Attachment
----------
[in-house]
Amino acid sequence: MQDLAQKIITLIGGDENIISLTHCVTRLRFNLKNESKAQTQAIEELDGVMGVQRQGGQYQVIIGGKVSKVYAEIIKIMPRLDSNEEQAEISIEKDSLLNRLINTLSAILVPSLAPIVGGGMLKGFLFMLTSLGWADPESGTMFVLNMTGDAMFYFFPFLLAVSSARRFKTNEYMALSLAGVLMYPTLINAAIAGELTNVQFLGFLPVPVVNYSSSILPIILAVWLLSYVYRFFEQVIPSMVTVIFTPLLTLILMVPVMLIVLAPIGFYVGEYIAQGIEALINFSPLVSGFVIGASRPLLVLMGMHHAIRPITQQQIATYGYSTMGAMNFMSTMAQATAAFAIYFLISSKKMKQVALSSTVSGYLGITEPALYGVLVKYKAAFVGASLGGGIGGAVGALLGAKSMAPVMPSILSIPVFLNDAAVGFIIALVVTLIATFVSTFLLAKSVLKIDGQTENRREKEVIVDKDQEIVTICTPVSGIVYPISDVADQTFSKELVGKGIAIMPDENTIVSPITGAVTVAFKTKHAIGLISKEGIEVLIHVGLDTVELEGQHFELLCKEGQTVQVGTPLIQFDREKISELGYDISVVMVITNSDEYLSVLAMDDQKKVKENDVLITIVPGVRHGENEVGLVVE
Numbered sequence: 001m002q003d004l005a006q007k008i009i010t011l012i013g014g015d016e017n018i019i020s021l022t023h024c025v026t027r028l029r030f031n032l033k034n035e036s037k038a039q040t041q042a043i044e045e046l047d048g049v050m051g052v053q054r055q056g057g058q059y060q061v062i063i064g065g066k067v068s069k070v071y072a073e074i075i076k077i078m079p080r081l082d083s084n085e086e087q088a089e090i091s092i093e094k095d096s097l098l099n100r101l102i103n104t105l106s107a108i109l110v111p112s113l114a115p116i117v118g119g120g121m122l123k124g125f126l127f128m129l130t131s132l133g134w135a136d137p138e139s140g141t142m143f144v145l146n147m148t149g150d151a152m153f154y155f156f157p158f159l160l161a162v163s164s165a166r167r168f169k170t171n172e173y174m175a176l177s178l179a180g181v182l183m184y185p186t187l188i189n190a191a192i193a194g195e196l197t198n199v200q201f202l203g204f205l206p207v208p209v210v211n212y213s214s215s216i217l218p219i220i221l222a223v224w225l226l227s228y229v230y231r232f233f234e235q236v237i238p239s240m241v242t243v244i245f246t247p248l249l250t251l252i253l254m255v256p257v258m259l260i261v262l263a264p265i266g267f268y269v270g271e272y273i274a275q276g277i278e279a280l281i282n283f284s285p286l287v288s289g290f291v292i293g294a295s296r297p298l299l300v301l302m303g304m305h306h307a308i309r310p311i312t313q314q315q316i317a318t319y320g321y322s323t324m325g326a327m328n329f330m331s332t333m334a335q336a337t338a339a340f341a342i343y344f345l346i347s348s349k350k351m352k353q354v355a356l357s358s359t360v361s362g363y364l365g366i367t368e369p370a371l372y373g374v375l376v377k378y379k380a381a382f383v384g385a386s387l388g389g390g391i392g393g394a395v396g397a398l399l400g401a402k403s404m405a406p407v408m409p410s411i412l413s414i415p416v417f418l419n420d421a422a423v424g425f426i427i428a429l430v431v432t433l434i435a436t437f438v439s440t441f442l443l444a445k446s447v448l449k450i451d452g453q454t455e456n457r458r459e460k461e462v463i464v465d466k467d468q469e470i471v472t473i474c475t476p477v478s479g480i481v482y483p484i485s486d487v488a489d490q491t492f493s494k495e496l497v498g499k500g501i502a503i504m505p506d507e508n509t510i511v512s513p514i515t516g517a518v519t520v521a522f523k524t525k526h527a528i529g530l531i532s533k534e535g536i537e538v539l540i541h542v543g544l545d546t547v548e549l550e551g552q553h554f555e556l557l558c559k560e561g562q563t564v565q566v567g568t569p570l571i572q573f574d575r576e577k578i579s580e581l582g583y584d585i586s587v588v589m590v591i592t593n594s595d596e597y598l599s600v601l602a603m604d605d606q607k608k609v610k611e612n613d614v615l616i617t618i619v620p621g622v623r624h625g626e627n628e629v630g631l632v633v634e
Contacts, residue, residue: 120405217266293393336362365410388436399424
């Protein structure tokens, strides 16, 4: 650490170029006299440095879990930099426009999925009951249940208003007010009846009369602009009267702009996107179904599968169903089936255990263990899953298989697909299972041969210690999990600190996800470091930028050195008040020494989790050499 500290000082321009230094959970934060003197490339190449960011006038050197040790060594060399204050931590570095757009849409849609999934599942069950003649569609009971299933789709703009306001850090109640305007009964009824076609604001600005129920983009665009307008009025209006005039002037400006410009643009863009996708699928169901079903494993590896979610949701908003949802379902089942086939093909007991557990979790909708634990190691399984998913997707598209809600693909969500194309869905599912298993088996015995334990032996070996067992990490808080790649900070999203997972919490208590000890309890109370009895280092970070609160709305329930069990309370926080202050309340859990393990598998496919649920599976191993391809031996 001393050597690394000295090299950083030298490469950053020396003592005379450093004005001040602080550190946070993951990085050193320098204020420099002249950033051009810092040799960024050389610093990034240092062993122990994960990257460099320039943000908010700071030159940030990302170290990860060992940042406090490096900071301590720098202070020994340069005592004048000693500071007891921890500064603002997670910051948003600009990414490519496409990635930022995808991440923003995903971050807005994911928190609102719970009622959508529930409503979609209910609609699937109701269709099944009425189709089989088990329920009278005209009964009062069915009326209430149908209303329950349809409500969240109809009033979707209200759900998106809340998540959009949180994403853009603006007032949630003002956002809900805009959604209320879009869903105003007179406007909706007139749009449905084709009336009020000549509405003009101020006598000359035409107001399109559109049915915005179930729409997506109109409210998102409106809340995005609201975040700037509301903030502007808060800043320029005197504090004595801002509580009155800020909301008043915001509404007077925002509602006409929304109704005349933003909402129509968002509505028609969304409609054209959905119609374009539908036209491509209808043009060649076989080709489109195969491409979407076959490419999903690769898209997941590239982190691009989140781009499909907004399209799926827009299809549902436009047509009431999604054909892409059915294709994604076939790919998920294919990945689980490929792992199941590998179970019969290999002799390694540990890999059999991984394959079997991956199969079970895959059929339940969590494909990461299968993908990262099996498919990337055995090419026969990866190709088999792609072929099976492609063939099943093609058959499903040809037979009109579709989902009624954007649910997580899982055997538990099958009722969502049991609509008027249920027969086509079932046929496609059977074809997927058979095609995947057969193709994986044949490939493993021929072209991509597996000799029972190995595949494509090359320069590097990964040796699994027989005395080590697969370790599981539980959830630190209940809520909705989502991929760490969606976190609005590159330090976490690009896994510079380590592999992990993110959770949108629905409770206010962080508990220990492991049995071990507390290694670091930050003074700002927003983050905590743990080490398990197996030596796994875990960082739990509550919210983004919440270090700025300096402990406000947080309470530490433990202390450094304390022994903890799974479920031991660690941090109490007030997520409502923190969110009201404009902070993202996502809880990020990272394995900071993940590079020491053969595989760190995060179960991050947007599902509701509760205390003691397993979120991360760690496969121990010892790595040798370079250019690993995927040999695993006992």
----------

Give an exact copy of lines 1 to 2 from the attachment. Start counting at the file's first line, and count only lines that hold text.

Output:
[in-house]
Amino acid sequence: MQDLAQKIITLIGGDENIISLTHCVTRLRFNLKNESKAQTQAIEELDGVMGVQRQGGQYQVIIGGKVSKVYAEIIKIMPRLDSNEEQAEISIEKDSLLNRLINTLSAILVPSLAPIVGGGMLKGFLFMLTSLGWADPESGTMFVLNMTGDAMFYFFPFLLAVSSARRFKTNEYMALSLAGVLMYPTLINAAIAGELTNVQFLGFLPVPVVNYSSSILPIILAVWLLSYVYRFFEQVIPSMVTVIFTPLLTLILMVPVMLIVLAPIGFYVGEYIAQGIEALINFSPLVSGFVIGASRPLLVLMGMHHAIRPITQQQIATYGYSTMGAMNFMSTMAQATAAFAIYFLISSKKMKQVALSSTVSGYLGITEPALYGVLVKYKAAFVGASLGGGIGGAVGALLGAKSMAPVMPSILSIPVFLNDAAVGFIIALVVTLIATFVSTFLLAKSVLKIDGQTENRREKEVIVDKDQEIVTICTPVSGIVYPISDVADQTFSKELVGKGIAIMPDENTIVSPITGAVTVAFKTKHAIGLISKEGIEVLIHVGLDTVELEGQHFELLCKEGQTVQVGTPLIQFDREKISELGYDISVVMVITNSDEYLSVLAMDDQKKVKENDVLITIVPGVRHGENEVGLVVE